Sometimes a writing prompt readily brings a subject to mind that you're eager to write about. That was the case with the below column. I wrote about the joy of being closely involved with the birth of a great-grandson, my second. Both are so dear to my heart. Unfortunately divorce happened, and affected them, but they are resilient. Through Mom's remarriage, a stable homelife, a baby sister they love and are protective of, they are thriving, doing well in school. I've just returned from a week's visit with them, so the precious gift column seemed appropriate for this week, though a day late!

Precious Gift

The writing prompt said write about what happened in your life a year ago. Easy. I became a great grandmother for the second time. A chubby boy child came into this tired old world. Before that July day I’d only seen his image on bell-shaped ultra sound screen and pictures. Still incredible to this hopelessly older generation woman, the images showed clearly that he was a boy. His tiny heart beat strong and regular on the monitors. We, his Mommy, Daddy, Grandma and I, loved him already. Since he weighed nine pounds, Mommy was very ready for him to make his appearance. Older brother, Tyler, two-years-old, not so much, though at first he didn’t pay much attention to the new baby, Connor.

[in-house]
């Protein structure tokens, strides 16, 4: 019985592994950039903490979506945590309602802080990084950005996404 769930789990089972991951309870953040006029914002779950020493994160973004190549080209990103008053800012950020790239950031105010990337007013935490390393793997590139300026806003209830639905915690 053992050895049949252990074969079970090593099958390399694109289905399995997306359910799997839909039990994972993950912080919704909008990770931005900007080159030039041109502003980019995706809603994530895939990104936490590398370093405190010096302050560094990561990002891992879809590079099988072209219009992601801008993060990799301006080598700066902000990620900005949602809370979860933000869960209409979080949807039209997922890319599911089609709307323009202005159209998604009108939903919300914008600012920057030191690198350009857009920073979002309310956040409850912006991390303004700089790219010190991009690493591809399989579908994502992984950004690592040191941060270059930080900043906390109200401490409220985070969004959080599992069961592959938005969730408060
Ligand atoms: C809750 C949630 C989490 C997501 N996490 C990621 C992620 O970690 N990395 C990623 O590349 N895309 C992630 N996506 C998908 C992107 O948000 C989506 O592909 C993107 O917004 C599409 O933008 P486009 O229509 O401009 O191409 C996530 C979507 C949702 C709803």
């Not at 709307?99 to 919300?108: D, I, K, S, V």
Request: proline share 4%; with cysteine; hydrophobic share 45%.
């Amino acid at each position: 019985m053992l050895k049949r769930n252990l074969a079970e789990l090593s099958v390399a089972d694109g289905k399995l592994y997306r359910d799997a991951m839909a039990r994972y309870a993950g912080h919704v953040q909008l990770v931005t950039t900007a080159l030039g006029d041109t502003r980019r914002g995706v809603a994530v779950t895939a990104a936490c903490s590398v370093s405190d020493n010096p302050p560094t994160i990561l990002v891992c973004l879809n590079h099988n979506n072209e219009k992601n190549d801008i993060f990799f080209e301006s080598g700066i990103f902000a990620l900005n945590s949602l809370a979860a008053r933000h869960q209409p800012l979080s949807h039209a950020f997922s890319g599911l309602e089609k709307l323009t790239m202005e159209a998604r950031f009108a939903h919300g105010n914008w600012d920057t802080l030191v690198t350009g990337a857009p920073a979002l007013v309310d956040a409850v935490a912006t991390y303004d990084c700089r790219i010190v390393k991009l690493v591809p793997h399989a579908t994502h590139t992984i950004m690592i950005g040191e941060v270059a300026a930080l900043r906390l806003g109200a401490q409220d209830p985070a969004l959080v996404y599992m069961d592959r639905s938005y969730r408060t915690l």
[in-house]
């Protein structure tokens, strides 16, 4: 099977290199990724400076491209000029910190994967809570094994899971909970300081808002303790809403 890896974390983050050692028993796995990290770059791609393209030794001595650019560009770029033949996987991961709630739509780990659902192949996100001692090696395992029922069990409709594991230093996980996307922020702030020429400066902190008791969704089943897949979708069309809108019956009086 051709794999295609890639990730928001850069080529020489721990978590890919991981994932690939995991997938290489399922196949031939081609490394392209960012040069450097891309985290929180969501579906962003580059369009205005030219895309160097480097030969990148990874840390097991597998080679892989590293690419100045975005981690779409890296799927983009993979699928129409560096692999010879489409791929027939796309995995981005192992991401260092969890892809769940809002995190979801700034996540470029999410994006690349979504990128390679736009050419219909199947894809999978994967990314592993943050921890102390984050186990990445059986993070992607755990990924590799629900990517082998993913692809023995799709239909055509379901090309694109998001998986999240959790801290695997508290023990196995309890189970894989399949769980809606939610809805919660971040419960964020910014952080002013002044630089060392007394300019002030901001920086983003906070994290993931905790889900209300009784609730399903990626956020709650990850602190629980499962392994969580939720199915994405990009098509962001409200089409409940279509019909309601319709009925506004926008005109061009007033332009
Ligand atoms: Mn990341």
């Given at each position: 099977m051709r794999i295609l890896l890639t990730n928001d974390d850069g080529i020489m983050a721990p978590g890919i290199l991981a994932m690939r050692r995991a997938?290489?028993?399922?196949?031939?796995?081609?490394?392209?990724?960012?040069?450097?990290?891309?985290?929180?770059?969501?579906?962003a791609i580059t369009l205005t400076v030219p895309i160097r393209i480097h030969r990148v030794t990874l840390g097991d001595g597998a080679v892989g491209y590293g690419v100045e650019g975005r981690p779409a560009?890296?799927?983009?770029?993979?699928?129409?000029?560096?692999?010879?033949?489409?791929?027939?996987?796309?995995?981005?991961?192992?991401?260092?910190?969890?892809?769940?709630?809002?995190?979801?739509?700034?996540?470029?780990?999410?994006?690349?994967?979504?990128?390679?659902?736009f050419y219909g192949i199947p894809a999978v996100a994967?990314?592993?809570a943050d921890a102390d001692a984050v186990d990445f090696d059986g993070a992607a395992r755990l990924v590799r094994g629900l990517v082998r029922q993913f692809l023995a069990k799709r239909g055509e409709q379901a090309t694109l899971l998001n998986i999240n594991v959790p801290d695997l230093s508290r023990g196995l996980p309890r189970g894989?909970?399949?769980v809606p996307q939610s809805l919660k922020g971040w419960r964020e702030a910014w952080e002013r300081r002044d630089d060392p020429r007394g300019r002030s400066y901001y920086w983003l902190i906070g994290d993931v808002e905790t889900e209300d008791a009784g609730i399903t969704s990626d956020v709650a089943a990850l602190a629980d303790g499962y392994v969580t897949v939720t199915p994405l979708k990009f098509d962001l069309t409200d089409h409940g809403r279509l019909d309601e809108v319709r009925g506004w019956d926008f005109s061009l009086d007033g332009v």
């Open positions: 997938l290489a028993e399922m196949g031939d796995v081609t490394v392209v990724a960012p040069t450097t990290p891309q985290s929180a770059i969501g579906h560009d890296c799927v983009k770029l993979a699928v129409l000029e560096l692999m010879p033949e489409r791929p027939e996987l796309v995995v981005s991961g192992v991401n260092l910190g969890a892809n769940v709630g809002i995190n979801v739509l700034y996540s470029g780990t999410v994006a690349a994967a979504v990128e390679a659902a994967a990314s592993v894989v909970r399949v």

Though nine pound babies are still, well, babies, they are somewhat easier to hold onto than five-six pounders. I say somewhat because not only bigger, he was and is, a strong one. Anyone holding him needed to stay alert or he would wriggle and escape. In an incredibly short time he learned if he raised his arms straight up, he could slide right down to the floor and crawl away. Let a door be left open on the other side of a room and an adult must sprint to reach it before him. If there were an Olympic baby crawling event, this child would win, hands and feet down!

Tyler had a sunny disposition as a baby and is a mostly happy toddler. Practically within days Connor was giving a wide smile to anyone who entered his field of vision, and still does. He doesn’t like to be thwarted though in his race for freedom and lets everyone within earshot know it. He didn’t really grasp his first birthday party a few days ago, but he scarfed down most of a big slice of the beautiful cake his Mommy baked. Of course, he wore much of it and a quick bath was in order before gifts could be opened. One day, he’ll understand that he was the precious gift for all of us.